The Presidential Election of 1816

Instructor: Flint Johnson

Flint has tutored mathematics through precalculus, science, and English and has taught college history. He has a Ph.D. from the University of Glasgow

The presidential election of 1816 between James Monroe and William Rufus was greatly influenced by the War of 1812. Read about the events that unfolded surrounding this election, then test your knowledge with a short quiz.

Background Information

The presidential election of 1816 had a clear-cut winner almost from the beginning. James Monroe of the Democratic-Republican party won the presidency in 1816, beating opponent Rufus King of the Federalist party and succeeding James Madison (who was Democratic-Republican). The election was shaped by the War of 1812 and foreign affairs with Great Britain and France. The Federalists were against the war and against centralization of government. But under the presidency of Madison, the war came to an end and the U.S. gained what it wanted: free trade. So the next presidency was nearly guaranteed to the Democratic-Republicans, represented by Monroe.

In order for you to develop a comprehensive overview of the political atmosphere of the presidential election of 1816, we'll review the most pressing issues of the Madison presidency and the context of the War of 1812 first. Then we'll look at the primaries and the actual results of the 1816 presidential election.

Portrait of James Monroe, the fifth President of the United States, who won the 1816 election and served from 1817-1825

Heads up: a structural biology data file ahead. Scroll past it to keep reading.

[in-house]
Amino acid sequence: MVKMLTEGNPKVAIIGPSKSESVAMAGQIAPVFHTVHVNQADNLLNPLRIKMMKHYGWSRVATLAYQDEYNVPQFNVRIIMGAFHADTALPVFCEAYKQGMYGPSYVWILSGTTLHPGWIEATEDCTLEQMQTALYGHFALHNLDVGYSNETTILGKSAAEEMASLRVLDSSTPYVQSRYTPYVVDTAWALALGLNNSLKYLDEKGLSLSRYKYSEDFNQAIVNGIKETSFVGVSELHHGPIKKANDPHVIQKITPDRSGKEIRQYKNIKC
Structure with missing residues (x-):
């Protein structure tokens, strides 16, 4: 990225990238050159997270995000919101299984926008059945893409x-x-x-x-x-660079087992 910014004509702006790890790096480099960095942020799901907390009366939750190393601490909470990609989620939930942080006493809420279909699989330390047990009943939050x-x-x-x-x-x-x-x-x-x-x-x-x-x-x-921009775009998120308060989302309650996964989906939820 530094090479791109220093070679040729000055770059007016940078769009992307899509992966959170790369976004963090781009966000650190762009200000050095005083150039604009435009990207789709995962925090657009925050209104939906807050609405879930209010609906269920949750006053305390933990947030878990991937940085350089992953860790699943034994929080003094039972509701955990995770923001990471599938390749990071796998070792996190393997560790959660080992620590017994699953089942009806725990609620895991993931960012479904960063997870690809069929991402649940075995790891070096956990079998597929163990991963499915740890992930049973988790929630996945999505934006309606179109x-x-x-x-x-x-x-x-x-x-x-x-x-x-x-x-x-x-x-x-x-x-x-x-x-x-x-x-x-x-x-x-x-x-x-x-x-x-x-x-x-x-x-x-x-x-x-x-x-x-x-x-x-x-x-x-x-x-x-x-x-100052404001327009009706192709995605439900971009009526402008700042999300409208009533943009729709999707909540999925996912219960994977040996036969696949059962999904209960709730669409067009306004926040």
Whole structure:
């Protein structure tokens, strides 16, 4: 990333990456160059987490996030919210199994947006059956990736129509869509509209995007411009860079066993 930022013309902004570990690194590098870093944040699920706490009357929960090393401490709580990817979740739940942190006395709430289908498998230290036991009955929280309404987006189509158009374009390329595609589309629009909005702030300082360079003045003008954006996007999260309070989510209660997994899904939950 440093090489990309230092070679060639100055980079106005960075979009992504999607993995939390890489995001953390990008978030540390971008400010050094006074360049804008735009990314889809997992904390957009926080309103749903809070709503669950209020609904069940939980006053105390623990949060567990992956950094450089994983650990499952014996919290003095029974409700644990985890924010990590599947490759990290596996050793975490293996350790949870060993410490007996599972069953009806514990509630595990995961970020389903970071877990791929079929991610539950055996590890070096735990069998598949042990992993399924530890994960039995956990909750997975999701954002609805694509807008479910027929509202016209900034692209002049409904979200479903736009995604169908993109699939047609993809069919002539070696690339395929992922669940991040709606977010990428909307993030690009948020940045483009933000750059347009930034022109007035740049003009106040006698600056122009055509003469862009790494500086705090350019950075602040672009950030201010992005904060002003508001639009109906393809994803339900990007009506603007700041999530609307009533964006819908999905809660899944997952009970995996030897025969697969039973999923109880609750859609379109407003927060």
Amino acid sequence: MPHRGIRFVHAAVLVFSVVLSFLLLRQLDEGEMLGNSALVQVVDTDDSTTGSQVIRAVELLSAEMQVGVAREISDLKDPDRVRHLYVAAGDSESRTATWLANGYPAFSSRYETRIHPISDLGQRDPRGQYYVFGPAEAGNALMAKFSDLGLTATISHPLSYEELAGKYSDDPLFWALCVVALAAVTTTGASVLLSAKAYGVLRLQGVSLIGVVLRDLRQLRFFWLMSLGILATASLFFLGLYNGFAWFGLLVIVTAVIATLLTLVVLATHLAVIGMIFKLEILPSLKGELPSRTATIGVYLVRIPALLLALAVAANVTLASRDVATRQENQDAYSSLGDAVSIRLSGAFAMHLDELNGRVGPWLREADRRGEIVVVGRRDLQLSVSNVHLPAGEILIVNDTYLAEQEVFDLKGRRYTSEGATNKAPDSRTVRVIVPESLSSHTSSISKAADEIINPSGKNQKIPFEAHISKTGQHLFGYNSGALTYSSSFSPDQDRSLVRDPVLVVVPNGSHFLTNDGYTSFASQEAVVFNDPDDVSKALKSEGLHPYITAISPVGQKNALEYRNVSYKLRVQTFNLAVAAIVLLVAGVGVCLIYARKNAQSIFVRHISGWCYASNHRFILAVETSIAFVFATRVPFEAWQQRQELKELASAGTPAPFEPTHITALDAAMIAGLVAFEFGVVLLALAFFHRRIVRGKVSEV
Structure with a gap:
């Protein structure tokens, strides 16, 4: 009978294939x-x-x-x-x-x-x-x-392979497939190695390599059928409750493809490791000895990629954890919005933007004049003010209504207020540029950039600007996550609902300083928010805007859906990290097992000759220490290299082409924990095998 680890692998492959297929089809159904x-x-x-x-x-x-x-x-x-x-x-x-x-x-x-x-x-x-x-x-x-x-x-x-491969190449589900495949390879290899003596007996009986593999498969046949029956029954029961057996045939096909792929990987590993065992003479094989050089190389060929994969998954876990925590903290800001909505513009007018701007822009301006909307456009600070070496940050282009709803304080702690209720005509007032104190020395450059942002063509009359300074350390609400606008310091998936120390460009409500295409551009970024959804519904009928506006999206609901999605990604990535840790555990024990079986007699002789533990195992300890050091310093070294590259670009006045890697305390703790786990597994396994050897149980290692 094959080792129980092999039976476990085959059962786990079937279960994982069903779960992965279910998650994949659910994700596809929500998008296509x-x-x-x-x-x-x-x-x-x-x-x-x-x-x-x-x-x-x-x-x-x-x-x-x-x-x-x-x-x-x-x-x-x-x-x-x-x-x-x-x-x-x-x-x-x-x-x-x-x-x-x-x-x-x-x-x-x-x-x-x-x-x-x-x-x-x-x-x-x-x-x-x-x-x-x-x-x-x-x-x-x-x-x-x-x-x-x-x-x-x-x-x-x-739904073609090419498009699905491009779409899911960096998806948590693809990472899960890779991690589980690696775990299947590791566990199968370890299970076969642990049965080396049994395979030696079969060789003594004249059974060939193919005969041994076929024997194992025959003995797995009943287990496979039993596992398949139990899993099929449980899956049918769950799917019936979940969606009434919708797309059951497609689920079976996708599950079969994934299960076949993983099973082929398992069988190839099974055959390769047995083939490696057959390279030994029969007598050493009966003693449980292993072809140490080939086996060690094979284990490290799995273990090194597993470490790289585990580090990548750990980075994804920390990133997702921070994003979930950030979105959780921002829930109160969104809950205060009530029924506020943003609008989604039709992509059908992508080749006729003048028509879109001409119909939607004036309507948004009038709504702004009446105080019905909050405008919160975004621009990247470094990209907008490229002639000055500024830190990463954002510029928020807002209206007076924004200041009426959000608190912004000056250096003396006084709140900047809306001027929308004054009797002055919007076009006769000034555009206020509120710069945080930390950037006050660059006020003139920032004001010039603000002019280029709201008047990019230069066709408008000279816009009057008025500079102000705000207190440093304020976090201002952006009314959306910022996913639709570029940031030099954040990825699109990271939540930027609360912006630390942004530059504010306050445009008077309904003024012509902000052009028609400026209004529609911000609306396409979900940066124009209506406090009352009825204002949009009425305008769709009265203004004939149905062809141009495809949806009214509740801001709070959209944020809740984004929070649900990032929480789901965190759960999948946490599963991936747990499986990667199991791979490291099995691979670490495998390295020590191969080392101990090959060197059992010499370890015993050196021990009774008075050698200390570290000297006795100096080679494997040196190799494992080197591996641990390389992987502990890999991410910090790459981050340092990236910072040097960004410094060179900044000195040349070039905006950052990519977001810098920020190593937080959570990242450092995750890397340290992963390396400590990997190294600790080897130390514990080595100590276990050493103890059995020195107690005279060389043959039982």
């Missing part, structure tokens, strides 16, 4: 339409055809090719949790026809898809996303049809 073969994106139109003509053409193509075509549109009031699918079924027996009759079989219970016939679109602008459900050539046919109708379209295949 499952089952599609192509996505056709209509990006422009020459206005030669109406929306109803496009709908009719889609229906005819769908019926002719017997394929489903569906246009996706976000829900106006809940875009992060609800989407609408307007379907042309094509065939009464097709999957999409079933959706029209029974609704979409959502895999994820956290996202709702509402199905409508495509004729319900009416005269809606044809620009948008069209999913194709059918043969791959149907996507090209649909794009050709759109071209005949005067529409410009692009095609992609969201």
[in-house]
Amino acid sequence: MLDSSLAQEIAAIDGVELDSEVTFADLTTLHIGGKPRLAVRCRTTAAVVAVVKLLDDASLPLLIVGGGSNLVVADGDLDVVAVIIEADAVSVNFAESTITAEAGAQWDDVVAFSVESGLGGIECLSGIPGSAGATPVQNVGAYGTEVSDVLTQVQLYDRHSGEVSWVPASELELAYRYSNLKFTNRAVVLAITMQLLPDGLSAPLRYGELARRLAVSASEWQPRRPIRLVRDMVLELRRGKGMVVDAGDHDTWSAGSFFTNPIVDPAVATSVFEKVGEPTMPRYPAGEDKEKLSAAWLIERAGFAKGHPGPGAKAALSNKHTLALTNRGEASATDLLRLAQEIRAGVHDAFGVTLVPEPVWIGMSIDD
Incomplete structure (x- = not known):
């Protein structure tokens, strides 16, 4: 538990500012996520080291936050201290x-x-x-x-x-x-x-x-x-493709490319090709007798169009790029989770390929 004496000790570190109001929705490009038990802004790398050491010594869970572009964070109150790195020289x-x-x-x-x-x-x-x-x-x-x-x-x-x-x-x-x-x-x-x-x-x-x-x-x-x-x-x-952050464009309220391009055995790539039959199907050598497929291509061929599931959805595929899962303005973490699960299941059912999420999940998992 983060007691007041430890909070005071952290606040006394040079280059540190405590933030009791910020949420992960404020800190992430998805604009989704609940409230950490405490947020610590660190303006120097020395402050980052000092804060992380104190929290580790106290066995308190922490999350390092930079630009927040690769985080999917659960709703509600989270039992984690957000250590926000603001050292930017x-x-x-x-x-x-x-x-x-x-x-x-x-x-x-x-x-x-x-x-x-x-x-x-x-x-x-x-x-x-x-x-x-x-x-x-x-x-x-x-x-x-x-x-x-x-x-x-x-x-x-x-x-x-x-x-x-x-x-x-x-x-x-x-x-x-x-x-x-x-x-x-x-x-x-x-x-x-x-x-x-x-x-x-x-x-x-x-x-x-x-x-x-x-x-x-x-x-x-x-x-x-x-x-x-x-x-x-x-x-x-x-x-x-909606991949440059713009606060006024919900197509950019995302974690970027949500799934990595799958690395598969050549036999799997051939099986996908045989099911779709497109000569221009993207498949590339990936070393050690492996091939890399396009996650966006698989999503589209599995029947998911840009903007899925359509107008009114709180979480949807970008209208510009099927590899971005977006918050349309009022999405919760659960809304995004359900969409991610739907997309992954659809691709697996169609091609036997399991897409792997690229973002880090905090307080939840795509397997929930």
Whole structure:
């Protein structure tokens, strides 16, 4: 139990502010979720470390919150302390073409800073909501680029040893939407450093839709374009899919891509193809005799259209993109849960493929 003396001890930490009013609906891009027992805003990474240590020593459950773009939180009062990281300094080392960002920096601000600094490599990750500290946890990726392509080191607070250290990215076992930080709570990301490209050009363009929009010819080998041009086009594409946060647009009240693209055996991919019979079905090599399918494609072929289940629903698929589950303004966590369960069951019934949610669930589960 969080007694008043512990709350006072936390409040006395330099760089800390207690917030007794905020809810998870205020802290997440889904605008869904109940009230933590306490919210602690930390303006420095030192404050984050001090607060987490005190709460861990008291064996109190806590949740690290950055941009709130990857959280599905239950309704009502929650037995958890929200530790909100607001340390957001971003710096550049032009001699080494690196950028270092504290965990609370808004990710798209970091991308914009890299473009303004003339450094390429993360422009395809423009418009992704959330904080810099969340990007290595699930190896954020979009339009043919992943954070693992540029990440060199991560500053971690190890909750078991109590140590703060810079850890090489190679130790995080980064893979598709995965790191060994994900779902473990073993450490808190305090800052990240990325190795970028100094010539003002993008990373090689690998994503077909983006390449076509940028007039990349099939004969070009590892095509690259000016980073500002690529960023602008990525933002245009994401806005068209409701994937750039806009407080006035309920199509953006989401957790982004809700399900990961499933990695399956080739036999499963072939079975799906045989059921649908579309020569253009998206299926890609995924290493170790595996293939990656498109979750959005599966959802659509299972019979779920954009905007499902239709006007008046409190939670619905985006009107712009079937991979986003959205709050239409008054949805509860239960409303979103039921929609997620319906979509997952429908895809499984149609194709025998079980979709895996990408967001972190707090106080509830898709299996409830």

James Monroe

The Madison Presidency

President James Madison, who served up until the election of 1816, had inherited a few policies from his predecessor Thomas Jefferson. One of the most important was trying to force Great Britain and France to allow the U.S. to trade freely with any other country. The two countries were at war and neither wanted the other to have access to U.S. products. The U.S. Navy couldn't compete with either the British or the French, so instead the U.S. government set up a series of embargoes against both countries to try to force their hands. That wasn't very popular with the New England states, however, because trade with Great Britain was how they made most of their money.

That was one point that the Federalists, opponents of Madison and his Democratic-Republicans, had been raising since he'd taken office. As Madison's Secretary of State and likely successor, James Monroe had to deal with the issue too.

The War of 1812

The War of 1812 against Britain and its allies had been devastating for the United States. It had a good start, because the British had been so focused on defeating Napoleon. But as soon as Napoleon had been defeated and the British could focus on the war, the U.S. started losing badly. It wasn't long before the District of Maine (not yet a state) had been occupied and the U.S. Capitol had been captured and burned.

The more ground the U.S. lost, the more soldiers Madison asked for from the states. The Federalist New England state governors, meanwhile, took offense to the president making any demands. They were concerned about the federal government having more control over things than the states. The wealthy and educated people of New England were also miffed that their sons weren't being selected as officers in the national army. Having to serve at a lower tier not only put them in harm's way, because officers were more protected, it also insulted them. Thus, the governors gave Madison soldiers, but never as many as he'd requested.

In late 1814, a group of Federalists got together in what was called the Hartford Convention. They met in secret, but their goal was to turn public opinion against the Democratic-Republicans in favor of their own party. In the middle of their convention, though, the U.S. won several important victories in the war. At the Treaty of Ghent, Great Britain agreed that the war had been a stalemate and accepted that the U.S. would have free trade. And after that, Andrew Jackson had won his Battle of New Orleans, which ended the War of 1812. The Federalist Party lost all of its power almost overnight to the Democratic-Republicans.

Andrew Jackson at the Battle of New Orleans
Andrew Jackson

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